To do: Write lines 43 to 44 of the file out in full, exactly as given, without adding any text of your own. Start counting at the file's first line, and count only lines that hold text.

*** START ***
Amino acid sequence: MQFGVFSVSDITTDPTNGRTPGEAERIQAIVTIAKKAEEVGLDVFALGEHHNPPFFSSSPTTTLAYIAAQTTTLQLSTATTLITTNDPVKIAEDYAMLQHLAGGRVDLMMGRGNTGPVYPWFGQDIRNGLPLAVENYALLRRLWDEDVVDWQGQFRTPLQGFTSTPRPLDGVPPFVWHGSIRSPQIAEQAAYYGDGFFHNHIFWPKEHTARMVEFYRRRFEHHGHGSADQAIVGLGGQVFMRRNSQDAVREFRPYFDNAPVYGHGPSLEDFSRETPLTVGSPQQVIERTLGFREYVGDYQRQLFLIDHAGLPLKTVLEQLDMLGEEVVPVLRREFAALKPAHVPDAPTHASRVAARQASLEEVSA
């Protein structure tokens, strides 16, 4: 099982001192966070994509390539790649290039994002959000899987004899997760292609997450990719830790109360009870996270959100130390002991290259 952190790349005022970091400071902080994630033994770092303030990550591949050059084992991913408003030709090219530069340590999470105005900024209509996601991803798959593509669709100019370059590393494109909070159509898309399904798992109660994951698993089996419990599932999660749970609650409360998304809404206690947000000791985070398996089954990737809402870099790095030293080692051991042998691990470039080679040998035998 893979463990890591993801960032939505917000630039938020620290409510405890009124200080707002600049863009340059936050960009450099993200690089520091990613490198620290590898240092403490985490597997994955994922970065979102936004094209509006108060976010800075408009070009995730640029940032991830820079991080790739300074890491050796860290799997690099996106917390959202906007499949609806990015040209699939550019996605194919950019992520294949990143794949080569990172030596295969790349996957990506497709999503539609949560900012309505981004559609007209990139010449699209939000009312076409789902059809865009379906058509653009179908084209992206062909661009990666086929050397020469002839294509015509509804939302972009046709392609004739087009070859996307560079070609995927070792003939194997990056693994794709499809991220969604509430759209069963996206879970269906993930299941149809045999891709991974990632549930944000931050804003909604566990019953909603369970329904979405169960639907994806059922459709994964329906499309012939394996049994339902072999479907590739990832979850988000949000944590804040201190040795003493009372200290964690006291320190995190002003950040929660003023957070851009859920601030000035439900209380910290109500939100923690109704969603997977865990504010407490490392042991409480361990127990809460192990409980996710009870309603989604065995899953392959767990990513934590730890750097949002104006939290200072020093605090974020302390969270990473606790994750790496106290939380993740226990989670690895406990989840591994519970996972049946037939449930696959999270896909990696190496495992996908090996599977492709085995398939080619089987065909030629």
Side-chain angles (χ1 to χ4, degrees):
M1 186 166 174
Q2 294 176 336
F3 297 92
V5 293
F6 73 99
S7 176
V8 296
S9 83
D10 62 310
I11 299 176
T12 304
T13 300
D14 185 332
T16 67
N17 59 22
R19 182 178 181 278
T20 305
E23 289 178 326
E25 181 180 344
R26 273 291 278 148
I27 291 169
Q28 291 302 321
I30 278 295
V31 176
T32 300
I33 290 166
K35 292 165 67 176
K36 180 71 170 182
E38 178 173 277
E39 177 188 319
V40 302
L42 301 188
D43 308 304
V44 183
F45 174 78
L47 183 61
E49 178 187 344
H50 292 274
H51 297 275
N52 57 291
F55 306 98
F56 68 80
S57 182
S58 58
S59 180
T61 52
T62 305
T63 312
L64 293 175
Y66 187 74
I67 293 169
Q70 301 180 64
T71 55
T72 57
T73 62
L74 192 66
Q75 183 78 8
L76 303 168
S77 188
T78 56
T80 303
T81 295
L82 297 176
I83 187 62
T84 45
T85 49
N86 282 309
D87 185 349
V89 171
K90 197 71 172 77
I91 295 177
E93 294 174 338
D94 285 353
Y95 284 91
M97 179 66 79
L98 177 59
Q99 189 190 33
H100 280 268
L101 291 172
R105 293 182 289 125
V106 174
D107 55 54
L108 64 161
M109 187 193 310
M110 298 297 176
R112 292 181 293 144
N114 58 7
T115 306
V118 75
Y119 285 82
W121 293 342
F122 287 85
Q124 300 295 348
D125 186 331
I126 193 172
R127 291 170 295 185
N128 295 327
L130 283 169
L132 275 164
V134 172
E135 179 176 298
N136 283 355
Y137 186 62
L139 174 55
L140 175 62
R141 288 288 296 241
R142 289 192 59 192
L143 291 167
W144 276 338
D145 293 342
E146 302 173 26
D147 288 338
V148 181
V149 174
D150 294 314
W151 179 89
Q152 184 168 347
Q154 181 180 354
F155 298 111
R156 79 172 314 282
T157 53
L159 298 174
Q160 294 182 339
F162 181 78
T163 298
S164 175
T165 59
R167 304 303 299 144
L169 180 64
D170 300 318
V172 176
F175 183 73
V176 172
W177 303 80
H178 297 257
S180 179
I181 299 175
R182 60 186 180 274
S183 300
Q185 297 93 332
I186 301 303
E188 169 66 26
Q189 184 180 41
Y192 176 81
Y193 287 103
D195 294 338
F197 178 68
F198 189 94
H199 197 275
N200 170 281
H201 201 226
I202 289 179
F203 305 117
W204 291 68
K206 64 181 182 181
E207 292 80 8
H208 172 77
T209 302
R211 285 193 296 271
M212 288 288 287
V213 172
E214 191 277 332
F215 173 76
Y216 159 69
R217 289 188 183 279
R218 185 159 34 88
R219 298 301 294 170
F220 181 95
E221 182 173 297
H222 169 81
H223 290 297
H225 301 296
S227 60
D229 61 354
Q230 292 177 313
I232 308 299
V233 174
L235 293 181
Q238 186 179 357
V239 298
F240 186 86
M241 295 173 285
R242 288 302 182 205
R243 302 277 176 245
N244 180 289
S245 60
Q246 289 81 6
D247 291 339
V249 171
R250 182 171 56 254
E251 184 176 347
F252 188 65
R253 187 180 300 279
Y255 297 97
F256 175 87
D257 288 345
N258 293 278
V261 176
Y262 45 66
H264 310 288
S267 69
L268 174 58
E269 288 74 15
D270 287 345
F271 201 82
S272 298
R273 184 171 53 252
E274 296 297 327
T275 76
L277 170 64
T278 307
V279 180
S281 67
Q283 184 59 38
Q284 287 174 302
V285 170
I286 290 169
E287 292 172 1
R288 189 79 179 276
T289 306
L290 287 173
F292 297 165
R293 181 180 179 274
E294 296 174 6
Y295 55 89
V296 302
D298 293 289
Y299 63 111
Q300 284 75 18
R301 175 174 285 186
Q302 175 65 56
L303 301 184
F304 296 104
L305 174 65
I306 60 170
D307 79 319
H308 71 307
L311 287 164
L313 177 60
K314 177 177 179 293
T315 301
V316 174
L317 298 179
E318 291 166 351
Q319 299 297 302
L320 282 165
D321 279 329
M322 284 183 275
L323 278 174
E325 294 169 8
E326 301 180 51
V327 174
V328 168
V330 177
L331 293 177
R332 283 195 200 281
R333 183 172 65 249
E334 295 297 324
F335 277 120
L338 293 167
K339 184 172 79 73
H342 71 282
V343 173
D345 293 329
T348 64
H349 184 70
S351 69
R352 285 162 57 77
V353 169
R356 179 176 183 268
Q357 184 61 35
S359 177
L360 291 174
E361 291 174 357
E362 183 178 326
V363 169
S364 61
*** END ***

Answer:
N52 57 291
F55 306 98